You may have seen him on television on May 11, blue gulal all over his bearded, happy face and brand new kurta, dancing more for the television cameras than to the beat of the dholaks. Sobran Pal knew this was the right time for some publicity. This was his moment as much as it was the Bahujan Samaj Party’s, and although Pal had not been given a ticket he is instrumental for the BSP’s strategy to win over the Pals, an intermediate obc caste, not just in Uttar Pradesh but all over India. Based in Jalaun near Jhansi, he is also the vice president of the Uttar Pradesh Pal-Baghel Samaj, one of hundreds of such caste-based organisations across India.
What attracted Pal to politics and the BSP is exactly what Kanshi Ram had once told Mayawati to convince her to join politics: instead of trying to become a civil servant, she could rule over hundreds of civil servants. There are a few good reasons why workers like Pal are so central to the BSP’s historic victory in Uttar Pradesh’s 15th Vidhan Sabha elections. Like him, there are many workers who convince members of their caste to vote for the BSP. This stems from the BSP’s realisation that caste is the basic unit of Indian society. This idea is as central to the party’s Sarvajan Samaj strategy as it was to its Bahujan Samaj ideology. Continue reading “The Elephant Charge”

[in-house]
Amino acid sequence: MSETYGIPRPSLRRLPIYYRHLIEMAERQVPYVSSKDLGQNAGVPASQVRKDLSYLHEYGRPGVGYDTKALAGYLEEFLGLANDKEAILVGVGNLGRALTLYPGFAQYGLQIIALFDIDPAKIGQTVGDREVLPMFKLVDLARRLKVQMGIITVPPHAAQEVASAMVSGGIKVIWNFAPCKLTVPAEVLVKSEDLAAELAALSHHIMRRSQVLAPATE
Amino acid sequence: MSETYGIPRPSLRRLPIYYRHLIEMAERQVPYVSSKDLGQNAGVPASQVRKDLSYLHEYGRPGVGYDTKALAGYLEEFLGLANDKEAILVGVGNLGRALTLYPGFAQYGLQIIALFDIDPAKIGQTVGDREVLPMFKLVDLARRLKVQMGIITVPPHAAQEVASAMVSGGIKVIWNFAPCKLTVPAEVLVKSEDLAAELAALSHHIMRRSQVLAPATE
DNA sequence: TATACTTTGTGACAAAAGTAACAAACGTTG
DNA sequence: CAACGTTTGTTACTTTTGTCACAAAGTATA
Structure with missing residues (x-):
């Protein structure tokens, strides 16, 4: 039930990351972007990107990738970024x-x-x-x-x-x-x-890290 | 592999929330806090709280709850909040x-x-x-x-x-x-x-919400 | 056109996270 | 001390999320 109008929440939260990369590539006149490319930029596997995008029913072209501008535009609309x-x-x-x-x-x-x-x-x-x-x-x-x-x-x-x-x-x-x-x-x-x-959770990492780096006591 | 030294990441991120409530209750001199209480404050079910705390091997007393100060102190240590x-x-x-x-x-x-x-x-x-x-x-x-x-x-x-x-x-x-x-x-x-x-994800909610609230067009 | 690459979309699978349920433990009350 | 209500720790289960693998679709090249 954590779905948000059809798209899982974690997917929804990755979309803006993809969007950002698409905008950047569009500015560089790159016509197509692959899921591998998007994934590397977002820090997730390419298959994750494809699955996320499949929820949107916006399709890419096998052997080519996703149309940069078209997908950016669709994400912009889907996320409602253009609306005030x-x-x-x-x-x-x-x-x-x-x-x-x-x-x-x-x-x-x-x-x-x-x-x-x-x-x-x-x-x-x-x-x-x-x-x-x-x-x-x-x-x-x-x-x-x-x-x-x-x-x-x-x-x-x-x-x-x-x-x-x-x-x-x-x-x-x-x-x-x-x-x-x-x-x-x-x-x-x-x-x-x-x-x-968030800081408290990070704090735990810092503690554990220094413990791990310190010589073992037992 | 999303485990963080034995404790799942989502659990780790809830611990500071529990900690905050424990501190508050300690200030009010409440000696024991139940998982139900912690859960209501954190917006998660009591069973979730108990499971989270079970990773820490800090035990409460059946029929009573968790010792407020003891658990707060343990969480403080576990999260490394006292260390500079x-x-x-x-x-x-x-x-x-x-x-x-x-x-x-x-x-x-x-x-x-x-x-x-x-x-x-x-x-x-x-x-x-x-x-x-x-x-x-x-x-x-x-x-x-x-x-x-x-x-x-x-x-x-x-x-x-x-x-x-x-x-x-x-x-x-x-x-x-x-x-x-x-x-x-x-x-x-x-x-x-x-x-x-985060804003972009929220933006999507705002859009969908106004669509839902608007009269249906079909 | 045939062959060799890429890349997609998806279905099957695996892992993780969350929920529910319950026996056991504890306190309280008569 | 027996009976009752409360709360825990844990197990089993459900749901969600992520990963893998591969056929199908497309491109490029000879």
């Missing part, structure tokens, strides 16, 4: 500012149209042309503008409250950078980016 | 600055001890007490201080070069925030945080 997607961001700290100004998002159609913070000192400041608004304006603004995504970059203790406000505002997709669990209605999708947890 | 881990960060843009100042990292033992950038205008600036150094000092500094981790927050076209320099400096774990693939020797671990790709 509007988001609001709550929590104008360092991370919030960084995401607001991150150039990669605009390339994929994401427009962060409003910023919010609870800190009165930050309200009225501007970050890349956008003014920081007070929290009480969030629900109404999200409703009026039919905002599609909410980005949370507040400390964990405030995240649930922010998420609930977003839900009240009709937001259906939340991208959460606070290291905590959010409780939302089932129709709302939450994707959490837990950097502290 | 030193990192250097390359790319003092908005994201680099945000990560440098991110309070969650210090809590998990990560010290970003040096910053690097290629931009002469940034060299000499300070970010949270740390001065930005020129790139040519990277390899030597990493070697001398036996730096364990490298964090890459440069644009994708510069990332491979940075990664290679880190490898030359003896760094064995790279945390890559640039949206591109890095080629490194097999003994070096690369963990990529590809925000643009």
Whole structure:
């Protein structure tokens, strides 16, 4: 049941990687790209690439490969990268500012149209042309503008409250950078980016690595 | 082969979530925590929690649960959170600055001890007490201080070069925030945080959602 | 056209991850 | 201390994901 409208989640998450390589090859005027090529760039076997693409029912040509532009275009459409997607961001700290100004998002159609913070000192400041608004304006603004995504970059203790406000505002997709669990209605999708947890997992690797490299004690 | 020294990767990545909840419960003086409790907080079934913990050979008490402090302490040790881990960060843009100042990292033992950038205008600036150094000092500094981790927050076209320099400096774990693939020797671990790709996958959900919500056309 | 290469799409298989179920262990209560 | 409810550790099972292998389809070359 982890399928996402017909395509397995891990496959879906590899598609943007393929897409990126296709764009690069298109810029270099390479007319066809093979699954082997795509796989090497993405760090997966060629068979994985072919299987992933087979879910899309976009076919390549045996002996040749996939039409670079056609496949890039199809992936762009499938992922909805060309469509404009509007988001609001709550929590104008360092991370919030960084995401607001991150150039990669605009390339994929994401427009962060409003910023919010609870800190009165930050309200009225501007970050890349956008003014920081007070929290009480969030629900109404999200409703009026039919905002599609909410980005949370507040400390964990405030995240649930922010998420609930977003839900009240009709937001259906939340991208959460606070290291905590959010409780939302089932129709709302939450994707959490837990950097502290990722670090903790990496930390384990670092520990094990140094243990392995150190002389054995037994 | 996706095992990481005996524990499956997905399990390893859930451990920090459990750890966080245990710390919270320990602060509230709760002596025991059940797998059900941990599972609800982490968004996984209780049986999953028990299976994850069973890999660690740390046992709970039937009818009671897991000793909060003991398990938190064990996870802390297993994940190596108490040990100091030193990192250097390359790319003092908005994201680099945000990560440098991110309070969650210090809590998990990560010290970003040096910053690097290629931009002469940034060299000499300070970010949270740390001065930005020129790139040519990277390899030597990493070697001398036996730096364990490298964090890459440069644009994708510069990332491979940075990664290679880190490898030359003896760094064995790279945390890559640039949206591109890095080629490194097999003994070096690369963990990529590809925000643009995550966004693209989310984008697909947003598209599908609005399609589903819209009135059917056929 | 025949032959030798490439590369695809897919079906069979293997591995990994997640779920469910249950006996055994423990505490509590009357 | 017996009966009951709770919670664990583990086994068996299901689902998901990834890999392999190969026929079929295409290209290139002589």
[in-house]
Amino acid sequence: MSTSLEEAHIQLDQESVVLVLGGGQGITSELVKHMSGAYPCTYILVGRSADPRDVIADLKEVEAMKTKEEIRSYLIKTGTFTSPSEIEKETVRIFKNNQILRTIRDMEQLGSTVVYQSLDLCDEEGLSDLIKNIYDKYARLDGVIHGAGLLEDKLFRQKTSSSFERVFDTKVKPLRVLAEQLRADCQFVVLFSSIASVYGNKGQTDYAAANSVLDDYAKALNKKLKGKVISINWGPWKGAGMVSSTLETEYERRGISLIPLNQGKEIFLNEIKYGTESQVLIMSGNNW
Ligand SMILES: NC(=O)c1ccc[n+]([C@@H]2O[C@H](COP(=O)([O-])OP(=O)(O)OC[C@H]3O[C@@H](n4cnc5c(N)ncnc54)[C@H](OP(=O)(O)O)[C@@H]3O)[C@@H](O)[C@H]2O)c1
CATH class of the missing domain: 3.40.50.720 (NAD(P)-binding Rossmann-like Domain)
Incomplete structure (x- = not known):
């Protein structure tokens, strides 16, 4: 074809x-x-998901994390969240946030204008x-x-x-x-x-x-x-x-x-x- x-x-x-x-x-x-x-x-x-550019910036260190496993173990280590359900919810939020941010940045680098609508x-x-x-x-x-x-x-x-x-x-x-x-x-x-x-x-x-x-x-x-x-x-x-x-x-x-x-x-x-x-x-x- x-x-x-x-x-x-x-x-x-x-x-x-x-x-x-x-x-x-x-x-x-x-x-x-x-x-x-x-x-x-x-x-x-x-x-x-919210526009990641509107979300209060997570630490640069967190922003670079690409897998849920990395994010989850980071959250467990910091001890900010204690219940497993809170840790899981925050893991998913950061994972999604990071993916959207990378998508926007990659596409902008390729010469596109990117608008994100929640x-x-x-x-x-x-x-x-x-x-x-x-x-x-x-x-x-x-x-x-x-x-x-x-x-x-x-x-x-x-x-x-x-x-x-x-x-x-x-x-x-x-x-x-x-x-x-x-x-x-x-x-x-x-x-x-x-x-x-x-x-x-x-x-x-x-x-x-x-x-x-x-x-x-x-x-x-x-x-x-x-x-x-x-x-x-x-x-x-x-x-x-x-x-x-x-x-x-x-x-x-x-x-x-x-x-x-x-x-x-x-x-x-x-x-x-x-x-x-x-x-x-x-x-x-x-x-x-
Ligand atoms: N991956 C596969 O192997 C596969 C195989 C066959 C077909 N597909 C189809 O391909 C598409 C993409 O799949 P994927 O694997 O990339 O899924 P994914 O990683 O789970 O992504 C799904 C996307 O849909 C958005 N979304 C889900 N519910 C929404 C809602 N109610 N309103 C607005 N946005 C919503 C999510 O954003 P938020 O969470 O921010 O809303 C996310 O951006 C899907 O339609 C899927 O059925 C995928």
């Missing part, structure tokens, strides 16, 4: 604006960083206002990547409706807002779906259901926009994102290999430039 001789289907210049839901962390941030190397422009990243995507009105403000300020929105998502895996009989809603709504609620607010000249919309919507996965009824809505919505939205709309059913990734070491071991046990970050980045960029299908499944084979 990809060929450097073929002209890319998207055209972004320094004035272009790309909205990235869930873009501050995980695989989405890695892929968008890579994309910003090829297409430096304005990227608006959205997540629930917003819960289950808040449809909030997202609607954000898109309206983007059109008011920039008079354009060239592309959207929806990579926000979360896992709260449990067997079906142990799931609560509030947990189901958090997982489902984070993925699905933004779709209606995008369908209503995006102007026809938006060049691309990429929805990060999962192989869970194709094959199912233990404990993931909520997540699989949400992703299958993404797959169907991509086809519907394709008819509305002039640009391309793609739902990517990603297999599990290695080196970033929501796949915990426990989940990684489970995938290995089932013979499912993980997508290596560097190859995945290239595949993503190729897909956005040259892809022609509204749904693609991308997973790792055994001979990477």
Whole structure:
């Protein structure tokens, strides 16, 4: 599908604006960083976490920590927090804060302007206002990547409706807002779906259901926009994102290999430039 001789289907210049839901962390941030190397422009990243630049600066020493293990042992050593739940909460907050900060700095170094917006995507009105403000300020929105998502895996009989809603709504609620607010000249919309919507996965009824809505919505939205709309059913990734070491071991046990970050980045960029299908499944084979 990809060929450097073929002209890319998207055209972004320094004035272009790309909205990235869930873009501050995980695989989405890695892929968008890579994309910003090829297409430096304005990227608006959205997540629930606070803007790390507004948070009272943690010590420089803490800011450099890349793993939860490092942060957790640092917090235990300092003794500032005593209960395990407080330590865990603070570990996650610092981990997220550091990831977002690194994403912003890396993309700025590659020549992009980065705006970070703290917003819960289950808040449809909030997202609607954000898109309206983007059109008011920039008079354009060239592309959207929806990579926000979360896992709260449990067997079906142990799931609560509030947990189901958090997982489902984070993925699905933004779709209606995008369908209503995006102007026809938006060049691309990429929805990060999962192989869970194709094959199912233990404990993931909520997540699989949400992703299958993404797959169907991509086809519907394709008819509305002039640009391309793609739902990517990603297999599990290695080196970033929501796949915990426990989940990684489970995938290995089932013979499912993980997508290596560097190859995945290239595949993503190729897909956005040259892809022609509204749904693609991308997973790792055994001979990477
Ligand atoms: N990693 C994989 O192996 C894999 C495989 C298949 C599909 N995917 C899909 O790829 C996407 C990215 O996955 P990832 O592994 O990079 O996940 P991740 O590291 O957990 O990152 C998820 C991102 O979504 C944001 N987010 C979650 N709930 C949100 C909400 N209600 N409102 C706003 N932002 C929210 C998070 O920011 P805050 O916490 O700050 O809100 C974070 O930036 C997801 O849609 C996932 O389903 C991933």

Published in Tehelka issue dated 28 April 2007
If the ongoing elections in Uttar Pradesh result in Mayawati becoming Chief Minister of the state, she will be governing more people than any other woman leader in the world at this moment.